The DC Office of Planning released its draft report on the Maryland Avenue SW Plan earlier this month after working on it for several months. This report is a component of the Southwest Ecodistrict Initiative that the National Capital Planning Commission is studying for the area. In the Maryland Avenue SW draft report, there are recommendations on how the avenue can be reconstructed, diversify land uses, and serve as a connector through the Southwest Rectangle (the area between the National Mall and Interstate 395). Currently, the Maryland Avenue corridor is disjointed – a small section of the avenue was rebuilt above railroad tracks west of 12th Street as a part of The Portals complex with a landscaped median and on its eastern end, it will bisect a future memorial for President Eisenhower. However, Maryland Avenue doesn’t exist between 12th Street and 7th Street. Along this stretch, railroad tracks for freight and VRE are in the avenue’s right-of-way. East of Reservation 113 (the green space at 7th & C Streets), Maryland Avenue reemerges before intersecting with Independence Avenue across from the National Air & Space Museum.
Four components that the draft report addresses include land use, transit, connections, and public realm:
The draft report encourages a diversification of land uses for the corridor, which is currently dominated by office space. To that end, there are four Federally-owned parcels along Maryland Avenue that the GSA is considering for conveyance out of the Federal inventory. These parcels could then be redeveloped as mixed use sites, potentially with residential included in the mix. Zoning in the area can be changed to encourage residential development with Housing Credits, similar to the bonus density incentives used to increase housing downtown over the past 15 years. Other parcels along the Maryland Avenue corridor could also be redeveloped, including the GSA Regional Office Building at 7th & D Street, the Reporters Building (where Pizza Autentica is located), and two sites at The Portals (perhaps one could be luxury condos affiliated with the Mandarin Oriental Hotel next door with sweeping views of the Tidal Basin?). The draft report indicates at least 1,000 residential/hotel units need to be created in the area to justify the creation of more retail amenities.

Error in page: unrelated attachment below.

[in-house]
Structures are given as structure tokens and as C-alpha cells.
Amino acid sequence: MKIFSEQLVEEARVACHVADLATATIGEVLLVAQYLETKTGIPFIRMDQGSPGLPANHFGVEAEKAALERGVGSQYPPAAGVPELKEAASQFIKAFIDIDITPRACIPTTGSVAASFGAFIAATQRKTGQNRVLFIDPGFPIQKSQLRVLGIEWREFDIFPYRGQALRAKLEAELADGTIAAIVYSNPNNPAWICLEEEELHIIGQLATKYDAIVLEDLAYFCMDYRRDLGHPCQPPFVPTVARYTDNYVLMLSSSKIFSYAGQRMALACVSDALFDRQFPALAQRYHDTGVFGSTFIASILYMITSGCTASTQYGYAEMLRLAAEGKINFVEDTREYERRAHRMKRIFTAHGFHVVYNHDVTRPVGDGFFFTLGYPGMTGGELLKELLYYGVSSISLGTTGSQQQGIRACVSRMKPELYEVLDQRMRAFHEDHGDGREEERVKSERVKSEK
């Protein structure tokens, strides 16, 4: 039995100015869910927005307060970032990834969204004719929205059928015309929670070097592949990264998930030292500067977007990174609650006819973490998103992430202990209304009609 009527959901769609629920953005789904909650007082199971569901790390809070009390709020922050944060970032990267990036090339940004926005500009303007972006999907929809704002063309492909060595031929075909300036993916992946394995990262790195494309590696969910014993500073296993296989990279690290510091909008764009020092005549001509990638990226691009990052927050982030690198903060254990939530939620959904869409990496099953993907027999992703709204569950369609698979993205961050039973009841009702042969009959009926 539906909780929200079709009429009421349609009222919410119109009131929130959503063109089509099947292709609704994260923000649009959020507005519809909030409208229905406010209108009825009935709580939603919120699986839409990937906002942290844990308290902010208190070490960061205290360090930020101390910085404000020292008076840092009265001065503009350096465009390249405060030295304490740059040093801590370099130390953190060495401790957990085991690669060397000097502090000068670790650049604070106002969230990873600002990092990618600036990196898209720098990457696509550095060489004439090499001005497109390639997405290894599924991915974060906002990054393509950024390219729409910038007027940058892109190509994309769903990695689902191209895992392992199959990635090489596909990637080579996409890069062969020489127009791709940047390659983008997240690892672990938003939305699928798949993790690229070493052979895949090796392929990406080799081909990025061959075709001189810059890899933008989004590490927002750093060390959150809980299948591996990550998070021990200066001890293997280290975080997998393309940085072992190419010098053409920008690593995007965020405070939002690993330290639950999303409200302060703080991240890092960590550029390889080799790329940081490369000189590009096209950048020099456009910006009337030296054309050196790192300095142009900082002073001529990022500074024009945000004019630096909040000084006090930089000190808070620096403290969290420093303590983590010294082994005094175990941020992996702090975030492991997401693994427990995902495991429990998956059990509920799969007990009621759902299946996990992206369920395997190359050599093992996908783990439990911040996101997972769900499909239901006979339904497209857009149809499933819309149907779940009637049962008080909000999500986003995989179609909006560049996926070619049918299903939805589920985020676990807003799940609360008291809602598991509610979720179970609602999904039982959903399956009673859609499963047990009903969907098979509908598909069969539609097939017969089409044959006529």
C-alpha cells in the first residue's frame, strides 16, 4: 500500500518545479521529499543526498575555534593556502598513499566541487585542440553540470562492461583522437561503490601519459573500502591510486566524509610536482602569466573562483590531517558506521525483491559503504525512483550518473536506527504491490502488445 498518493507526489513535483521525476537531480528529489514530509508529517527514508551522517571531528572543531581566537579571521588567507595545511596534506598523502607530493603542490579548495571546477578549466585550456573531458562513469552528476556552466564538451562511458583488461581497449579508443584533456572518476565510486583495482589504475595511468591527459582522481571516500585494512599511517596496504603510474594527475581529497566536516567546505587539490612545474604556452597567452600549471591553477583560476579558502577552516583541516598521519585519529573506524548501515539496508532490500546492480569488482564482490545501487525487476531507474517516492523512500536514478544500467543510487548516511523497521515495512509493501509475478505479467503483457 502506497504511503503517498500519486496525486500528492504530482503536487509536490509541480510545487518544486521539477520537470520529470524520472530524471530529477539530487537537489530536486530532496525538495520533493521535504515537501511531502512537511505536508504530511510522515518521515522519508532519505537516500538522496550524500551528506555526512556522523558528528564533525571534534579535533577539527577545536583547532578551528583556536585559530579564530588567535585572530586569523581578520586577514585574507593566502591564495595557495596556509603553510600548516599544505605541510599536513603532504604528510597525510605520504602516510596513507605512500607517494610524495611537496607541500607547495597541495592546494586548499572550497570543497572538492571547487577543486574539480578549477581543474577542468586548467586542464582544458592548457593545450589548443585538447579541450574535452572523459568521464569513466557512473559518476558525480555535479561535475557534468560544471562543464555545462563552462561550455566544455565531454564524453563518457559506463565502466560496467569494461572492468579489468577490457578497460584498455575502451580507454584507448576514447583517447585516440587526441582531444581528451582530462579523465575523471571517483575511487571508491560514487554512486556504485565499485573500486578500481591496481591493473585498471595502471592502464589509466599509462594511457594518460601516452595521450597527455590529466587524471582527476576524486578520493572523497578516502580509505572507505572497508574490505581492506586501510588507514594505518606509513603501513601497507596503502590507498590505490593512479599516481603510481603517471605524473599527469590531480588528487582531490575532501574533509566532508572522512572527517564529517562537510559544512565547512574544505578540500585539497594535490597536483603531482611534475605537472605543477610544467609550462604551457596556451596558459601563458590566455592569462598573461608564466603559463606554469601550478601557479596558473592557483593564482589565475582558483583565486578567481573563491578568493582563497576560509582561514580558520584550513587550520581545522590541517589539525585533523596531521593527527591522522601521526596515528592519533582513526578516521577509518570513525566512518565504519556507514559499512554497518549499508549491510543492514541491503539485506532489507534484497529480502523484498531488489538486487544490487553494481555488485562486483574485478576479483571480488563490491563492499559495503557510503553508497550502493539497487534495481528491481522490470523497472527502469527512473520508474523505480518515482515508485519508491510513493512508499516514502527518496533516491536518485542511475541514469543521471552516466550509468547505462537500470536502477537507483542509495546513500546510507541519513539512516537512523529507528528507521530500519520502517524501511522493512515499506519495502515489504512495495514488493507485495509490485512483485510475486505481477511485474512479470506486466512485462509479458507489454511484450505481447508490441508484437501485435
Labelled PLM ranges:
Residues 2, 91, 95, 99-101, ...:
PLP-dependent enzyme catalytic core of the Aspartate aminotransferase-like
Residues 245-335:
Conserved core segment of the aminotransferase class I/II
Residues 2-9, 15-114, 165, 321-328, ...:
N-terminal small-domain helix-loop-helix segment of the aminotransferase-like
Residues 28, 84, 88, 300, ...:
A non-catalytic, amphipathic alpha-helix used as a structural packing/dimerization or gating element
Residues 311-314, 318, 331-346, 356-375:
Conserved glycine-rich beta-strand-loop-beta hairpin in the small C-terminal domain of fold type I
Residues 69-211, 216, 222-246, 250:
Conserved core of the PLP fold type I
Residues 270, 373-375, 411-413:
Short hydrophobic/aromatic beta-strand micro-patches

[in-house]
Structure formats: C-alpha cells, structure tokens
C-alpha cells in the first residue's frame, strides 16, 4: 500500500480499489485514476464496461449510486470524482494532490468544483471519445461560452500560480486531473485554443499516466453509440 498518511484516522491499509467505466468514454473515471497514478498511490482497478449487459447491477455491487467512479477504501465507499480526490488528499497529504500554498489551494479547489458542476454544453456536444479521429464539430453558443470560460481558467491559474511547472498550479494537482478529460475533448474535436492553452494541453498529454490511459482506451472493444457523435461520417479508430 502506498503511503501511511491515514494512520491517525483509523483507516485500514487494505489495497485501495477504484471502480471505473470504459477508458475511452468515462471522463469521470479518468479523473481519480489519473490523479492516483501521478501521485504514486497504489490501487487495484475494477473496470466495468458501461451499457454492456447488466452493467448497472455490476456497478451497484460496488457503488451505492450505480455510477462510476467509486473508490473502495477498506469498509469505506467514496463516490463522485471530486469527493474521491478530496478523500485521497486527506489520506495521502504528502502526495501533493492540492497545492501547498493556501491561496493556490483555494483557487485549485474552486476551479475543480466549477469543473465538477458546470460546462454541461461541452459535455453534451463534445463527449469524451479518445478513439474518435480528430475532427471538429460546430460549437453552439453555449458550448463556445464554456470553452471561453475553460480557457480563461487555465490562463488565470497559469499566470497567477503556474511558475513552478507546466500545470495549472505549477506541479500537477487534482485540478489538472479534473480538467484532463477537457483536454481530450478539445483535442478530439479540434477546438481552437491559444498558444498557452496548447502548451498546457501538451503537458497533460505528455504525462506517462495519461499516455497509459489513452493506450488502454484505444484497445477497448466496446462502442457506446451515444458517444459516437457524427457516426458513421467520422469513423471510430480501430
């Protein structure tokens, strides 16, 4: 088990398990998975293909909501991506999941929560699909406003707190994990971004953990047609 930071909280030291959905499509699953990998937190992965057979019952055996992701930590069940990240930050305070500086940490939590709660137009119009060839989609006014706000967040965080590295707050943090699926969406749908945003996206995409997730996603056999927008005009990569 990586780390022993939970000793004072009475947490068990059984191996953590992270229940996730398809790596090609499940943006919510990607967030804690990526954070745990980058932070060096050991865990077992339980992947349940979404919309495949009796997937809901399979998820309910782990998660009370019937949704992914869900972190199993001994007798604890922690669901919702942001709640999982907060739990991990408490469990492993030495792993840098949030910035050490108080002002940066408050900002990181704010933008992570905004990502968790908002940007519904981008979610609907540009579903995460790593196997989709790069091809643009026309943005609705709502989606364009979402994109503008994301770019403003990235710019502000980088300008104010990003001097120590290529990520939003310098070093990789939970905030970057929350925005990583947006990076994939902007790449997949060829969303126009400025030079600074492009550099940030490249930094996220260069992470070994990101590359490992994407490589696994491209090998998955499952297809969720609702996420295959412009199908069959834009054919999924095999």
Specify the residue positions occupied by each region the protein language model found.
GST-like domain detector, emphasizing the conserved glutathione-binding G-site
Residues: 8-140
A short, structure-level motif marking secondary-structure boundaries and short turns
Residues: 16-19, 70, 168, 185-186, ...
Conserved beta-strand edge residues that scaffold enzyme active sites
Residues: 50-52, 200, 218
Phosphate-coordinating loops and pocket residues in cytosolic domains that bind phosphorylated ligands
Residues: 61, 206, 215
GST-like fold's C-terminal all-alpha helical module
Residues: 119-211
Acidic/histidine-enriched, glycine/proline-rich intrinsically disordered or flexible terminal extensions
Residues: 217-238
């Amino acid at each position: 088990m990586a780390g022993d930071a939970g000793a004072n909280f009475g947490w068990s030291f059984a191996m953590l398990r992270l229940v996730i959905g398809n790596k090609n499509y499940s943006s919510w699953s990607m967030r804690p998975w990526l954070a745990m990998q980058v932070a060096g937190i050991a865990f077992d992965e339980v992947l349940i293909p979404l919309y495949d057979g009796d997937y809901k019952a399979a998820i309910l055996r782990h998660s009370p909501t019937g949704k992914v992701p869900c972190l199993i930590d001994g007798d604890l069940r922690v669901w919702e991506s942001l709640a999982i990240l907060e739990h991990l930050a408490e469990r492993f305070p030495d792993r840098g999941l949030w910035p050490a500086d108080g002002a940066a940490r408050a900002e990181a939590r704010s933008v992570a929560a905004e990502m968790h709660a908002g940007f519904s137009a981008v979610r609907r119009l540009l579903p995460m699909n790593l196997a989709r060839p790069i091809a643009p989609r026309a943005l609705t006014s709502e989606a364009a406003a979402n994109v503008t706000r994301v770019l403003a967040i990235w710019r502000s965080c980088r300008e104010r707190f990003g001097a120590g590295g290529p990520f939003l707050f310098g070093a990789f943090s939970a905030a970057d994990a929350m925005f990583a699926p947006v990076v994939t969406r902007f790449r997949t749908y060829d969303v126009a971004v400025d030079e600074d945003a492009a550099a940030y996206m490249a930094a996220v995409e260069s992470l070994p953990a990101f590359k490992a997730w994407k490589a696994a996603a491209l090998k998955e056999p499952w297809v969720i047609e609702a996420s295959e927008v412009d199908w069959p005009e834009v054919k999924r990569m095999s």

Connections between the L’Enfant Plaza Metro station and the L’Enfant commuter rail station should be improved. According to the draft report, about 20,000 riders use the Metro station each weekday and over 15,000 VRE riders use the commuter rail station. Future ridership estimates anticipate an increase over the next few years and the commuter rail station may need to expand to accommodate a possible extension of MARC train service to L’Enfant as well as the electrification of the rail line. After looking at three options to expand the commuter rail station, the report recommends the best option would be to build an extended platform in the vicinity of the current platform to accommodate four tracks and bi-level trains. The Reporters Building would eventually become an intermodal hub where VRE, MARC, Metro, Metrobus, and streetcar service would intersect.